Amazon (NASDAQ:AMZN) shareholders have enjoyed a solid run over the past 12 months, with the stock up 36%. That means there is more pressure for CEO Jeff Bezos to deliver when the e-commerce behemoth reports third-quarter earnings after the bell on Thursday.
“Amazon is managing its investments better without jeopardizing overall profitability,” Tuna Amobi, senior media and entertainment analyst at CFRA Research, told FOXBusiness.com.
While foreign exchange headwinds could weigh negatively this quarter, as they have in the past, “the bottom line should still show heavy investments in content, fulfillment, international expansion [India especially] and now since the last quarter, they’ve launched additional investments,” Amobi added.
Investors will specifically be paying close attention to growth in Amazon’s e-commerce and cloud computing services, as well as outlook for the critical fourth quarter.
The expectations of a solid 3Q for Amazon is in large part due to the back-to-school shopping season and Amazon Prime Day, which was held in July.
The day of deep discounts was by all measures a success, with the total number of items sold surpassing the 34.4 million sold globally on Prime Day 2015. The one-day sale event was only accessible to members of the Amazon Prime service, which costs $99 a year for unlimited access to two-day shipping and the Amazon Video streaming service.
Analysts at Morgan Stanley (NYSE:MS) estimate there are 60 million Prime subscribers globally, and anticipate membership will reach 100 million by 2018.
“[Amazon] Instant Video strategy to grow its Prime sub count is working, and we see AMZN’s expected roll-out of Instant Video to France/Italy/Spain/India as a further tailwind to forward Prime sub growth,” the analysts said in a research note.
They add that Prime subscribers spend an average of 4.5x more than non-Prime shoppers (roughly $2,500 vs. $550 annually). Morgan Stanley analysts hold an overweight rating, and recently raised their price target on Amazon shares to $950. The stock currently trade around $822.
Eyeing New Investments
Amazon is a dominant player in the cloud computing service space. The Amazon Web Services (AWS) division’s operating income came in at $718 million in the second quarter, more than doubling from $305 million a year earlier, according to the company’s 2Q earnings report.
Data storage has been a hot topic recently; last week hackers caused dozens of sites including Twitter (NYSE:TWTR) and Netflix (NASDAQ:NFLX) to shut down for several hours. Amazon will need to continue to grow its cloud segment to keep up with competitors like Microsoft (NASDAQ:MSFT), who delivered stellar quarterly earnings thanks to its booming cloud business.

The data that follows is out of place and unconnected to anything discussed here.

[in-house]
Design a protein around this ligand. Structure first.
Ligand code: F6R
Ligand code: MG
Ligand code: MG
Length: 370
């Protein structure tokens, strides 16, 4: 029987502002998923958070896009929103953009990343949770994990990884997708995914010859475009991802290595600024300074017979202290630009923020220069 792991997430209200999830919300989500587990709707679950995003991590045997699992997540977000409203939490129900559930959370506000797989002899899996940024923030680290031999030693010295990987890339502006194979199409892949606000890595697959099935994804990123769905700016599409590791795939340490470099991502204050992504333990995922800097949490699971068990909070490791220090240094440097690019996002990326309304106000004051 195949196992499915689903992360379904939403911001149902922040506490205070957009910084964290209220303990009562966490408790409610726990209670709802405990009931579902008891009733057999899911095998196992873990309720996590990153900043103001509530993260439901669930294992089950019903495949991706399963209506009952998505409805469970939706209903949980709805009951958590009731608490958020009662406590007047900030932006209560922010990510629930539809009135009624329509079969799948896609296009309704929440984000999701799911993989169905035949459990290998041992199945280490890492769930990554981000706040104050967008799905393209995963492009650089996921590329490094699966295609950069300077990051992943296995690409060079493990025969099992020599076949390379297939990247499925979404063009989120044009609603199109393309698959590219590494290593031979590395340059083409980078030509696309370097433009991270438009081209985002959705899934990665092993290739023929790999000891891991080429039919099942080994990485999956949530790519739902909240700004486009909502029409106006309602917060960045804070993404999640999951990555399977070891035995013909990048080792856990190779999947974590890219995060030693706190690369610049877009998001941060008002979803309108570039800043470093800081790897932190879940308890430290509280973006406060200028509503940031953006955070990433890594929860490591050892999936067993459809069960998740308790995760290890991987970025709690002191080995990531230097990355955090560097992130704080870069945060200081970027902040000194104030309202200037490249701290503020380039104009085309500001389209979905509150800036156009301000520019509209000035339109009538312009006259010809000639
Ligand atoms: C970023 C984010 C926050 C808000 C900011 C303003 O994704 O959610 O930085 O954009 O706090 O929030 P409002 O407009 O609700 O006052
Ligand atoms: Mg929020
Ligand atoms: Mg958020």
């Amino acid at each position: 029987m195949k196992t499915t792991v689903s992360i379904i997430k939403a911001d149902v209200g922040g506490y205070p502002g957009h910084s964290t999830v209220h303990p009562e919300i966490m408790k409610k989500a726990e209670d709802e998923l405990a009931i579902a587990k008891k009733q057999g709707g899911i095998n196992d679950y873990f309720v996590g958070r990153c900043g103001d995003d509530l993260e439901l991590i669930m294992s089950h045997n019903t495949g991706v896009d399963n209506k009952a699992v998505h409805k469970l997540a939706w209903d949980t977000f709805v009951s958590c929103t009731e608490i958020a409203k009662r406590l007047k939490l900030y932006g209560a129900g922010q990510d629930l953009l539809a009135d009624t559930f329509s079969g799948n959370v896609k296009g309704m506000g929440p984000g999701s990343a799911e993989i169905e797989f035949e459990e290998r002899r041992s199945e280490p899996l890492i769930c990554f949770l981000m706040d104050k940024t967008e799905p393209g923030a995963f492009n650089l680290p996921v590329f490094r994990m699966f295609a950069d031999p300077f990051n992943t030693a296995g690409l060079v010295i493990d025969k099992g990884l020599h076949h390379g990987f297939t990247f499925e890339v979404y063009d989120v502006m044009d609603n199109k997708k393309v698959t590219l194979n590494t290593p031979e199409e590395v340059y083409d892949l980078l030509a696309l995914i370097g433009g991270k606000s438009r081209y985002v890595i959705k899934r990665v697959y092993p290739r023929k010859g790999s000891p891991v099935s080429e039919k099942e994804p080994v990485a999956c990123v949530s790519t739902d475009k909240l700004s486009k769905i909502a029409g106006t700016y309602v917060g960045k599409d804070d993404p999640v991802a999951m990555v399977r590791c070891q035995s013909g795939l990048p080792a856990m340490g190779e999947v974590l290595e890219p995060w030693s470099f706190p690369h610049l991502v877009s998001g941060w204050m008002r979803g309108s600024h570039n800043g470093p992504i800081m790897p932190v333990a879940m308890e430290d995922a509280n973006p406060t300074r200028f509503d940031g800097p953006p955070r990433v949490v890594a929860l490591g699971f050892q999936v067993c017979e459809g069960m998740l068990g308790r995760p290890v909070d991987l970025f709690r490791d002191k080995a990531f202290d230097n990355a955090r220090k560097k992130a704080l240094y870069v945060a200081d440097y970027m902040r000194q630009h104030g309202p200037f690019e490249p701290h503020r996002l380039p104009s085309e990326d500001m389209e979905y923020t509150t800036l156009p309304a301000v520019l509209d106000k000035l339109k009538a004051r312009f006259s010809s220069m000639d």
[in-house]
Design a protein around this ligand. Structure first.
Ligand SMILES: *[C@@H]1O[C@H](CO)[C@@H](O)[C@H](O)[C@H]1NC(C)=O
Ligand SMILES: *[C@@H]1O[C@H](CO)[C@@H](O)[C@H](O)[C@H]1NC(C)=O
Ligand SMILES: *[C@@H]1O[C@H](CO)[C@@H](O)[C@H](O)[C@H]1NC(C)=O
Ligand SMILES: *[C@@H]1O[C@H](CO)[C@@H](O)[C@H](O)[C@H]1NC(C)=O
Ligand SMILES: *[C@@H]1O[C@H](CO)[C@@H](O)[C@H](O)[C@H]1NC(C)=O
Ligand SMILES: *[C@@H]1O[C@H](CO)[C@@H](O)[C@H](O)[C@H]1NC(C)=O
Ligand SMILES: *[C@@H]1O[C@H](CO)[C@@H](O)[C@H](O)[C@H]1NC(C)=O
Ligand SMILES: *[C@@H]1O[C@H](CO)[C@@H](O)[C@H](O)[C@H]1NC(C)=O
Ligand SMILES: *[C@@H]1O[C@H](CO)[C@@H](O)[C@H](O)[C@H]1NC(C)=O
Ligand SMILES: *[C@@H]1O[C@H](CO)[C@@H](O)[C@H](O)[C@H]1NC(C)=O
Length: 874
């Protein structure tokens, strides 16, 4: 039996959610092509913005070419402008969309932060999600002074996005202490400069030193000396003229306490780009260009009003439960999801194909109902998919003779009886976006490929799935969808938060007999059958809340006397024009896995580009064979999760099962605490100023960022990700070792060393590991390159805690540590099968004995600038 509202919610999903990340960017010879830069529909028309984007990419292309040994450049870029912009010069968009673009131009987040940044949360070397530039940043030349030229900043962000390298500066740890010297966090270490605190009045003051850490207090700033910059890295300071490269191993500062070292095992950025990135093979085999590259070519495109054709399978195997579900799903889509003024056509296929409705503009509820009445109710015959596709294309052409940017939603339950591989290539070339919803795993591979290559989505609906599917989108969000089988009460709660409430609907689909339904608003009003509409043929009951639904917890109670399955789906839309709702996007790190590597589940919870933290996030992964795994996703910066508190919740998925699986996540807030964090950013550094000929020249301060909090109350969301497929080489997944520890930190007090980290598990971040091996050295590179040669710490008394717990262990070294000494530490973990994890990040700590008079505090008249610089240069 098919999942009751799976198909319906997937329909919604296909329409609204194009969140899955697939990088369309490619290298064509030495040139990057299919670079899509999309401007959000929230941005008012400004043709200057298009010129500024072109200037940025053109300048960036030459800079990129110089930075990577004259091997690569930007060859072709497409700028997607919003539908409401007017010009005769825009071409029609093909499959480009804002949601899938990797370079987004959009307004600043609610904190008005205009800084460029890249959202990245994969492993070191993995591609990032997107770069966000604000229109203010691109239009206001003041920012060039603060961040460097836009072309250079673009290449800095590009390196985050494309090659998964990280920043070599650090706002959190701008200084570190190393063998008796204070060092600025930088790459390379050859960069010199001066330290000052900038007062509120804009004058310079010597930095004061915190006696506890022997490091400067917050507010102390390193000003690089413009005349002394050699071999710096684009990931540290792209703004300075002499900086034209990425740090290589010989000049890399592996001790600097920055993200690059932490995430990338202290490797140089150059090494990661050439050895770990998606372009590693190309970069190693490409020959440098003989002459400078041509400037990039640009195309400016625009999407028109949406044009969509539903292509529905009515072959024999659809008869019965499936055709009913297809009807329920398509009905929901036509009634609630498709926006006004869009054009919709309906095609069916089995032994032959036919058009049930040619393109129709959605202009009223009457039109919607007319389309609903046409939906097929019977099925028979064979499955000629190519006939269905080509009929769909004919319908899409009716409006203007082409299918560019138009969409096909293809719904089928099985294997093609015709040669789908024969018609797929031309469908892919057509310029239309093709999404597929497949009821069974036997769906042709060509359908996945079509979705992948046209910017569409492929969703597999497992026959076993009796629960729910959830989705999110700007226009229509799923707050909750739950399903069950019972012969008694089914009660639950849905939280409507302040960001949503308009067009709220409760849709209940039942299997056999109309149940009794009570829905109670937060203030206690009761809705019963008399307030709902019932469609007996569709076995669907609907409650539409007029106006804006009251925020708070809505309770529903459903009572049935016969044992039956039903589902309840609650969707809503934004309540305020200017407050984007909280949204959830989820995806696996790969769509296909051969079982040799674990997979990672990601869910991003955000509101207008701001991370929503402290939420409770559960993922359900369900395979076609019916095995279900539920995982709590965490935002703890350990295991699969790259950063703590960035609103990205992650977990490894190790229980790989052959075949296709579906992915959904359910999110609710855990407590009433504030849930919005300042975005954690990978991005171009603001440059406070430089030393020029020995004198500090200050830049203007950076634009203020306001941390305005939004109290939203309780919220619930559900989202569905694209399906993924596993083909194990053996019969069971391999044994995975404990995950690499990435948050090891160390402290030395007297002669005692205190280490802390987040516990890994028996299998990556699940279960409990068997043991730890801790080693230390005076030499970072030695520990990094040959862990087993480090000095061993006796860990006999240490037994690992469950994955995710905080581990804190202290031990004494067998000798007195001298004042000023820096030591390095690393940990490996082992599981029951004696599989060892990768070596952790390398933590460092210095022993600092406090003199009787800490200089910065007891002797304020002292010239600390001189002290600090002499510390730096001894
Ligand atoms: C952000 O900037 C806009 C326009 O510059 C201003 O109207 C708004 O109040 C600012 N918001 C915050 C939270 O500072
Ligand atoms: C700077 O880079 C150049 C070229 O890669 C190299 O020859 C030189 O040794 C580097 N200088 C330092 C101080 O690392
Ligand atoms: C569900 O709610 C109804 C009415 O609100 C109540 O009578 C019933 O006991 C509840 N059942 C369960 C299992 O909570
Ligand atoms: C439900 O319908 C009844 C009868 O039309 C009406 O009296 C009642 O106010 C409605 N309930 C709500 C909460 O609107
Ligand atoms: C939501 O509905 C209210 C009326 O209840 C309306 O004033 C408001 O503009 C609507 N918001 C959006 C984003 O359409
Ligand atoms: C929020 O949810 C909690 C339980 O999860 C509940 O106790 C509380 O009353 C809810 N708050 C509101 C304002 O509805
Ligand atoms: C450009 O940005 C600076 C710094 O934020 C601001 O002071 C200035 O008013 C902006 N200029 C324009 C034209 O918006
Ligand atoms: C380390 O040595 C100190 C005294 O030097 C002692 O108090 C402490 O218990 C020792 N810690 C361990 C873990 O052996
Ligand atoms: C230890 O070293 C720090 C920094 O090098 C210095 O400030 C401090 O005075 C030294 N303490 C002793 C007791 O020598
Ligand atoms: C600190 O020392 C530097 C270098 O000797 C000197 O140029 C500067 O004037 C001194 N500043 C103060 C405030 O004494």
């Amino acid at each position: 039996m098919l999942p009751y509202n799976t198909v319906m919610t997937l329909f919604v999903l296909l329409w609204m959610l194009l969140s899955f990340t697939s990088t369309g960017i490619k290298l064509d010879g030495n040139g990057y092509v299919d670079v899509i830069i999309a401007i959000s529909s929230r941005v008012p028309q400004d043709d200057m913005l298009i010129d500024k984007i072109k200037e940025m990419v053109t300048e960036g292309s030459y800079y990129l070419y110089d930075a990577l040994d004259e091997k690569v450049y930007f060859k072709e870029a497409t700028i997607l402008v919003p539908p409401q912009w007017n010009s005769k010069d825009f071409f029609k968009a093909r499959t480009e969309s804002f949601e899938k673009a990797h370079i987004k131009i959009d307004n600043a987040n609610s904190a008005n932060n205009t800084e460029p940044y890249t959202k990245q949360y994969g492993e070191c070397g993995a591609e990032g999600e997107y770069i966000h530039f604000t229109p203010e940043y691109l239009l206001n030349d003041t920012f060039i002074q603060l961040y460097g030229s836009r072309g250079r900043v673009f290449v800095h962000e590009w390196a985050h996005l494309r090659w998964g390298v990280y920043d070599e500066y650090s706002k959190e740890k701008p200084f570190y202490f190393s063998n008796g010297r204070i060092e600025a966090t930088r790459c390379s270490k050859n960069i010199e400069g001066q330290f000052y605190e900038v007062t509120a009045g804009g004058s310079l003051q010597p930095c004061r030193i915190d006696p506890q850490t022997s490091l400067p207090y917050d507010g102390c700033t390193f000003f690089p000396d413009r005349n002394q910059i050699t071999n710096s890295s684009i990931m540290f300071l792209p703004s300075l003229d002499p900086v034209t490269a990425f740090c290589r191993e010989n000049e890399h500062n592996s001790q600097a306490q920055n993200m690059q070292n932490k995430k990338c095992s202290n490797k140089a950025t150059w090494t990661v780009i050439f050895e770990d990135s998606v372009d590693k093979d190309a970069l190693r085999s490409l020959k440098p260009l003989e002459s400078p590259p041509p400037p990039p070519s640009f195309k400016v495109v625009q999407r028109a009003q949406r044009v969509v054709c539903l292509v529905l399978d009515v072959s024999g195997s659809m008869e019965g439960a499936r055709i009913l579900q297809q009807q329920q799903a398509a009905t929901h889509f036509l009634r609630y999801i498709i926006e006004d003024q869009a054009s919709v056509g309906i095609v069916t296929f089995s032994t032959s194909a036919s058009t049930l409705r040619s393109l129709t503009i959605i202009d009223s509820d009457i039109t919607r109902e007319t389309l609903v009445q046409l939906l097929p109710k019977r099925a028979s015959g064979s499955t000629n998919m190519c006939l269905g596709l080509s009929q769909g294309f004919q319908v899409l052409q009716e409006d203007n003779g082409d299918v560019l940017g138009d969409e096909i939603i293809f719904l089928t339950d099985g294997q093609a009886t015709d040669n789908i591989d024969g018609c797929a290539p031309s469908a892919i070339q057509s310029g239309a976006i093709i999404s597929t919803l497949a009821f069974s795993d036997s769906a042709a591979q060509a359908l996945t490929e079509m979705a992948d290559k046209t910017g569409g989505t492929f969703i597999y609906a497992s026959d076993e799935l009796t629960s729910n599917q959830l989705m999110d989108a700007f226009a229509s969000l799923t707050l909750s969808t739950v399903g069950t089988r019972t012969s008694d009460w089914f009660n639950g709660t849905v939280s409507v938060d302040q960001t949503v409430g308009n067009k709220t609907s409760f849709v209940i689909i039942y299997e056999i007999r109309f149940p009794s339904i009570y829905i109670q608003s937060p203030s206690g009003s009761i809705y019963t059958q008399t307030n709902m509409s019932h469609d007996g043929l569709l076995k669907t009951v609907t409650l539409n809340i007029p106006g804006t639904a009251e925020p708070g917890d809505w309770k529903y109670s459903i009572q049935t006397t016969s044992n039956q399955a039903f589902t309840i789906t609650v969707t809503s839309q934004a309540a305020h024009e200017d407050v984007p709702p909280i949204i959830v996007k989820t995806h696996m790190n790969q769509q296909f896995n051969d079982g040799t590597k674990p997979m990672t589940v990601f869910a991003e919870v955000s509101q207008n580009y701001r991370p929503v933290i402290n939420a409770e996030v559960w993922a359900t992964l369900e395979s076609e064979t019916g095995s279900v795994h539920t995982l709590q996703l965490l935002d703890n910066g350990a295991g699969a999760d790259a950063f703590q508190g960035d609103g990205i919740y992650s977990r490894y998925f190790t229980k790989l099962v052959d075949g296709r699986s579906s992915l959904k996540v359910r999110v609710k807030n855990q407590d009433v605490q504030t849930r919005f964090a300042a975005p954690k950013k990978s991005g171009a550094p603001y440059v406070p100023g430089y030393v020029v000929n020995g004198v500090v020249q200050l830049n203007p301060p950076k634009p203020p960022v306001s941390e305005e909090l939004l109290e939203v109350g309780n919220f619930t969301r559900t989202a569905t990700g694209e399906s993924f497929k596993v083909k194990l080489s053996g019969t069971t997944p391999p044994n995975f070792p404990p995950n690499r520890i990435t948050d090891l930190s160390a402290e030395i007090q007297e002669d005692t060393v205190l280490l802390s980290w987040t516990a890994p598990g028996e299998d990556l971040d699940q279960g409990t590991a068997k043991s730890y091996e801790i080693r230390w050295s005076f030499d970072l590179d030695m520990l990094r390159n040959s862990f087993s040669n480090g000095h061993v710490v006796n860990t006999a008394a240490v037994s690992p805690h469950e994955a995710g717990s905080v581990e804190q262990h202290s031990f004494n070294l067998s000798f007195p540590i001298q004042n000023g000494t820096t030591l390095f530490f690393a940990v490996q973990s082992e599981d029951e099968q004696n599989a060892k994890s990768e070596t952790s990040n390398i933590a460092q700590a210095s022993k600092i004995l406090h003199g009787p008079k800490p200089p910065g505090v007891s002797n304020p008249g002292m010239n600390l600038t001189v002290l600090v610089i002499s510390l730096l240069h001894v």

Amazon is also investing in growing its streaming business, both in terms of video and music. Its Instant Video service was nominated for 16 Emmy awards this year, holding its own against the likes of content giants like Netflix and Time Warner’s (NYSE:TWX) HBO. It won several for its original comedy series "Transparent," including Outstanding Lead Actor in a Comedy Series and Outstanding Directing for a Comedy Series.
Amazon Music Unlimited, a $9.99 a month on-demand music service, launched earlier this month. Amazon Prime members will pay a little less than the general public at $7.99 a month, while customers who own the Amazon Echo speaker system with the Alexa voice system will pay just $3.99 a month. Amazon’s music catalog contains tens of millions of songs, and the company recently nabbed an exclusive deal with country legend Garth Brooks.
4Q is Make or Break
CFRA Research’s Amobi notes the holiday season is hugely important for Amazon, which is why the company’s fourth-quarter guidance will be key.
Amazon announced at the end of last year’s holiday season that it shipped over 200 million more items than in 2014 to 185 countries worldwide. Amazon Prime also added three million new subscribers in the third week of December alone, and Prime members watched double the amount of video content compared to the 2014 holiday season.
The Seattle-based company said it would hire more than 120,000 seasonal employees across the U.S. this holiday season.
Morgan Stanley analysts say Amazon is well positioned heading into the holiday season as “~13mn+ Prime members (and likely more with new additions post May 2016) will go through their first full holiday season as Prime members in 2016."
The company is expected to report revenue of $32.6 billion, according to Thomson Reuters, compared with $25.3 billion in the year-ago period. Diluted earnings per share (EPS) is estimated at 78 cents compared to 17 cents in 3Q 2015.